Having grown weary of the traditional, scripted single player campaigns of Company of Heroes 1 and 2, Relic Entertainment have looked towards their SEGA stablemates for inspiration. Creative Assembly’s Total War games feature a distinctive blend of real-time tactics and turn-based strategy, and it’s in this fusion that Company of Heroes 3’s standout feature has its roots.
The Dynamic Campaign Map is a bold new approach which folds in unit production, supply lines and mission planning into a turn-based map that’s evocative of grand strategy. The Pre-Alpha Preview which Relic have made available to gather feedback until 3 August gives us an early glimpse of Company of Heroes 3 long before its 2022 launch.
We begin in Naples in 1943, commanding the invading Allied forces from the perspective of the new Dynamic Campaign Map. From here, the pre-alpha lets us push back the Axis forces on the Italian mainland towards Monte Cassino.
The possibilities for replayability and crafting a more personal approach are made immediately apparent with the choice of three distinct “Battle Plans”. The American Plan favours a hasty breakout, the British Plan is more optimised for digging in, while the Combined Plan is balanced between both. We can’t tell you how varied these are over the course of a campaign, but it suggests at least three ways of adding variety to one story.
The map view will be familiar to anyone who has played a Total War game. The player controls unit groups as they might expect, by left-clicking to select them and right-clicking to direct them to a location or an enemy unit. The movement and abilities of these pieces is, as with Total War, bound by movement and action points.
With each turn, these movement and action points refresh. And in a somewhat Civilization style, you can make use of nearby battleships to bombard troops within range. In fact, with its bright visuals and oversized units, it looks and feels a lot like Civilization.
Mergers and requisitions
The economic angle of this campaign map is concentrated on ensuring you can supply your troops as they venture deeper into hostile territory. Resource convoys deliver manpower, fuel and munitions every three days, while defeating enemy companies and conquering Capture Points allows players access to more.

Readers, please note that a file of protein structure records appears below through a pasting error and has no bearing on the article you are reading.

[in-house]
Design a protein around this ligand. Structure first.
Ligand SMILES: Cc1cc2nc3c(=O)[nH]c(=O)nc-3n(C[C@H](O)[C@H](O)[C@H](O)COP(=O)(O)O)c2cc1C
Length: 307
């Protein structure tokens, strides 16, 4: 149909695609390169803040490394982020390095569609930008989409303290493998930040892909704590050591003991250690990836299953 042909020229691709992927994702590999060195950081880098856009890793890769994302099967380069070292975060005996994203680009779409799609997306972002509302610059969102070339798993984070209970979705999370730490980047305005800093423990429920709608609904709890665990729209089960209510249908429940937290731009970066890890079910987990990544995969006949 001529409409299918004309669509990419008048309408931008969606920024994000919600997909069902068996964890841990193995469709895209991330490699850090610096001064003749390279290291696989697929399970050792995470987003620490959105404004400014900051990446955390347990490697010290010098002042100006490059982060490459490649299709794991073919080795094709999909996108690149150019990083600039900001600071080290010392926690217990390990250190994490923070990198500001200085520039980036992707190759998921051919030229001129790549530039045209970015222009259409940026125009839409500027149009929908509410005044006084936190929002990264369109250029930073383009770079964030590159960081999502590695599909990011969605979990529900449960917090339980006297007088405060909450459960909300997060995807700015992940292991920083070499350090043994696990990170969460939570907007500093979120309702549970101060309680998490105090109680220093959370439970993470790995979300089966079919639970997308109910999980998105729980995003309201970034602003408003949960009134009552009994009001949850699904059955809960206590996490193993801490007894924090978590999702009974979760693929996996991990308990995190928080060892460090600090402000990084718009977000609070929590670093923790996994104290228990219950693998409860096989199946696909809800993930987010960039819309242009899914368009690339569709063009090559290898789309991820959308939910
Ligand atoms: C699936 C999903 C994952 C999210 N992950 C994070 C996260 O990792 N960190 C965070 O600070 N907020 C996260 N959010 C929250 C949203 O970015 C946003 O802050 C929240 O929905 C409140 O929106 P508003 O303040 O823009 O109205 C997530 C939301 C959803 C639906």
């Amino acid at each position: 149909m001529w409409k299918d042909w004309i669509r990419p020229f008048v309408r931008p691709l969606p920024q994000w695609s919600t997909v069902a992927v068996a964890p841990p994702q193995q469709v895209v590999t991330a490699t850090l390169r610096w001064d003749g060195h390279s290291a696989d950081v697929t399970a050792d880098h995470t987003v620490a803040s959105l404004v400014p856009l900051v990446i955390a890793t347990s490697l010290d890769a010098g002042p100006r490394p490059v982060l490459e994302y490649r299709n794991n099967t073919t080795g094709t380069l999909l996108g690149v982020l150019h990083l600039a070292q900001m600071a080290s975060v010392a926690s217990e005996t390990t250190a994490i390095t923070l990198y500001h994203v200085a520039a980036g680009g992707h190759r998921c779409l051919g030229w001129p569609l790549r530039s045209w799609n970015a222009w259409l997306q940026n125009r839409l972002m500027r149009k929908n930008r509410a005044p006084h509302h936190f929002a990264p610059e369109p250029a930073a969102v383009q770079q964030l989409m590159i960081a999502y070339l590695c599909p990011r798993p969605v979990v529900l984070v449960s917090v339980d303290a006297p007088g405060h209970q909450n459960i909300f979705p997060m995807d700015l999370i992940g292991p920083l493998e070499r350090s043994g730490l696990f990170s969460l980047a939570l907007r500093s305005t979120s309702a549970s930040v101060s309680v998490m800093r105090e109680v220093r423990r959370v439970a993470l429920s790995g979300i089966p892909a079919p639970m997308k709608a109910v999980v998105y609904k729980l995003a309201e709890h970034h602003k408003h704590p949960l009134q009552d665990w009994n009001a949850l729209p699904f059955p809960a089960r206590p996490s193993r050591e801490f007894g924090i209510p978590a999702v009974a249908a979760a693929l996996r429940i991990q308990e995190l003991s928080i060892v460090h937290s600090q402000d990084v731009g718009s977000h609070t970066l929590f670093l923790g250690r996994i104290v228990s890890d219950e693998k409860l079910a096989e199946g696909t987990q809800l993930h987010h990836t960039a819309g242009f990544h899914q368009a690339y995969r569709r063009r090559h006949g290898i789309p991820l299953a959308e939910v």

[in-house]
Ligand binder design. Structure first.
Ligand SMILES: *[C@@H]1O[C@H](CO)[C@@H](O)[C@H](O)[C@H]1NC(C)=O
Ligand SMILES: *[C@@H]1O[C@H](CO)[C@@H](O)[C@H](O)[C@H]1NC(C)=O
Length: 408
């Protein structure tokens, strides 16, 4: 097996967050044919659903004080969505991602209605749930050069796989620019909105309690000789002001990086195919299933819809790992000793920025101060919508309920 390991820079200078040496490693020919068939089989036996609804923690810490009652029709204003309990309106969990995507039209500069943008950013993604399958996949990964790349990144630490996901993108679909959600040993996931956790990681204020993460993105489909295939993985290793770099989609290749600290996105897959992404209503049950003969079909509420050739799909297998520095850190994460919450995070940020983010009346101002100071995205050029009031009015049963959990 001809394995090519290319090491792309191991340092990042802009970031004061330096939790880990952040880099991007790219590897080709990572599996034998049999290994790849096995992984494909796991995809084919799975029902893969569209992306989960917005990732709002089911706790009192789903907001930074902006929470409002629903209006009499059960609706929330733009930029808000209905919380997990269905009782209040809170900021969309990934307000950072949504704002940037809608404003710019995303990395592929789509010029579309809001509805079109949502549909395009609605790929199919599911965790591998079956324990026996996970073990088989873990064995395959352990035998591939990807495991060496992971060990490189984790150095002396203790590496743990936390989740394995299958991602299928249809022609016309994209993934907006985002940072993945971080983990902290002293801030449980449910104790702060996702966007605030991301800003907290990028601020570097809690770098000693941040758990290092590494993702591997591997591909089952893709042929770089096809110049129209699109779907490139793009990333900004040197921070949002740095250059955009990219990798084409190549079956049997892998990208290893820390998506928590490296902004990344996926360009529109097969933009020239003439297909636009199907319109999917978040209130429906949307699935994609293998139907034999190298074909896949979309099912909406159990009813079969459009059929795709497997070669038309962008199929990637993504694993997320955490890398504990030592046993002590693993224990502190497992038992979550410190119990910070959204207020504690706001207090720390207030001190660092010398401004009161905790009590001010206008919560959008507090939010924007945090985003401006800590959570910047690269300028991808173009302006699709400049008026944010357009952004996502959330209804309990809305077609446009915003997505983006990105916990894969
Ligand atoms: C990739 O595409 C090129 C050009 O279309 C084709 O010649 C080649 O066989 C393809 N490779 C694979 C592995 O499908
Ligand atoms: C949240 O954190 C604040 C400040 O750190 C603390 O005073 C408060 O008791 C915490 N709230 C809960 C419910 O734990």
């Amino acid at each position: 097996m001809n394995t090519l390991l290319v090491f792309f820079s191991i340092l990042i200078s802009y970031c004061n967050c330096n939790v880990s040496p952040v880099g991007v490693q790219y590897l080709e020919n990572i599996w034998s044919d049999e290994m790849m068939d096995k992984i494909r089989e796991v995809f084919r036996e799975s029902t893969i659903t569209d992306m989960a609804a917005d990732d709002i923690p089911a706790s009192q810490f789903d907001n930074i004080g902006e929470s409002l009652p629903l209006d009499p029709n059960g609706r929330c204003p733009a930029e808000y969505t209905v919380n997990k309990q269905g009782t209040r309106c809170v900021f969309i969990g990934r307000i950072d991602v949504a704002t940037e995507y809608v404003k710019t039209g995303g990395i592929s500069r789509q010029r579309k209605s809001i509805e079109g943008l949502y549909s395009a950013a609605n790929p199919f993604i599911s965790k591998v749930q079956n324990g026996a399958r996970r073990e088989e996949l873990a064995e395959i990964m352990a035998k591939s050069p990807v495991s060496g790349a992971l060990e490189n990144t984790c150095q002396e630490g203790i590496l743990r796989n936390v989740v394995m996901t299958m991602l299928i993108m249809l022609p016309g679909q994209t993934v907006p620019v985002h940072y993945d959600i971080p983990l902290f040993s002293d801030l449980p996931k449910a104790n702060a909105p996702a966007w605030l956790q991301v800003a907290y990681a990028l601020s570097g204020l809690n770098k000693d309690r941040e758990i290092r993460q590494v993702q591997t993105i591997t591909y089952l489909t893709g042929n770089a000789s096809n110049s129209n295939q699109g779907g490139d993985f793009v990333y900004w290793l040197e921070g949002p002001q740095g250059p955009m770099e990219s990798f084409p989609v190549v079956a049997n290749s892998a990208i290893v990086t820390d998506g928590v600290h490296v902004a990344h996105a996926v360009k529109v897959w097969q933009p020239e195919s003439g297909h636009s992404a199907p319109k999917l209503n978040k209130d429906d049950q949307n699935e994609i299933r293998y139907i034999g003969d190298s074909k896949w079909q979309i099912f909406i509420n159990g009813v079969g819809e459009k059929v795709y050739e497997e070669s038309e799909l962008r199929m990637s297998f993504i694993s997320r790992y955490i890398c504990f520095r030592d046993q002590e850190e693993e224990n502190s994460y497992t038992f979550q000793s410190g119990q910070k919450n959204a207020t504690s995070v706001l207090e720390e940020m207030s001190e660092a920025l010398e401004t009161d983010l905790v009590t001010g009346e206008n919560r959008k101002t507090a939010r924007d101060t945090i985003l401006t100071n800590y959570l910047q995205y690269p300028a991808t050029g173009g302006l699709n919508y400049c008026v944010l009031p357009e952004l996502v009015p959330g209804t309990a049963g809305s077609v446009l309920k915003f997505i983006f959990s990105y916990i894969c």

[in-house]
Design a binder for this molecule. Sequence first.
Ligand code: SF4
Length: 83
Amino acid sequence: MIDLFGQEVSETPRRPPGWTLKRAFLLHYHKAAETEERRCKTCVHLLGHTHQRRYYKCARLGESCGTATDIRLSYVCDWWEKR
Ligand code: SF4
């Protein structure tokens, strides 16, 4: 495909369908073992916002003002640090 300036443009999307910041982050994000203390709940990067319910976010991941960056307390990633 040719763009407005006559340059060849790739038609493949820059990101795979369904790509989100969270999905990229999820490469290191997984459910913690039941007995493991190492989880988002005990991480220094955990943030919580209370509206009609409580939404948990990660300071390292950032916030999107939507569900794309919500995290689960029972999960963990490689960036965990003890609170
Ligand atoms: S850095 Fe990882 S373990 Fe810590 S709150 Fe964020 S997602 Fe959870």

Supply lines follow infrastructure like roads and rail from seaports to airfields and hospitals. At seaports and airfields, players can purchase troops where they enter a production queue. Requisition points, meanwhile, are earned by completing missions and skirmishes against enemies. These are spent within the real-time battles themselves on units, abilities and such things.
Marshalling supply has been a theme throughout Company of Heroes, chiefly as a way of moderating the amount of troops a player can field. Its role here is similar but on a larger scale.
Relic have come a long way since they repackaged Tom Hanks’ World War Two filmography into the narrative of a real-time strategy game. The hands-free approach does feel liberating, and it’s easy to picture the kind of emergent experiences that it might cultivate.
The hardware requirements for this demo are in line with what we’d expect (Intel i5, 8GB RAM, Nvidea 1060, 4GB VRAM). Even so, playing this pre-alpha isn’t guaranteed to be a stable experience. Playing was choppy for us, which is entirely forgivable for a pre-pre-release version of a game. It does however mean that we never make it to Monte Cassino.
When we launch the demo’s skirmish mode, it feels at first as if we’re playing a slightly updated version of the original. The UI is altered a little while there are few obvious changes. We build up our riflemen, mortar squad and machine gun crew at our starting base from a reshuffled roster, then send them into the field to assault Capture Points.
Company of Heroes 3’s new tricks soon become apparent. A new sense of depth and verticality has infiltrated the game, creating more angles from which units can fire upon each other, while the True Sight system has been upgraded. The camera does feel a bit harder to control and the level of zoom feels a little claustrophobic.
The Tactical Pause function, which is enabled by pressing the spacebar, is a great way to optimise your unit-by-unit micromanagement. It’s particularly handy against large numbers of enemies. It doesn’t feel like a necessity, but it may well lend a satisfying degree of control to larger scraps.
These are first impressions with a build that did not run entirely smoothly on our PC, and Relic are keen to stress that this version is not representative of the final game. The developers are using this and future pre-alpha previews to collect feedback from the broader public. Expect us to return to experiment with future slices of the game, including its multiplayer. In the meantime, you can get your RTS fix from our list of the greatest games like Age of Empires.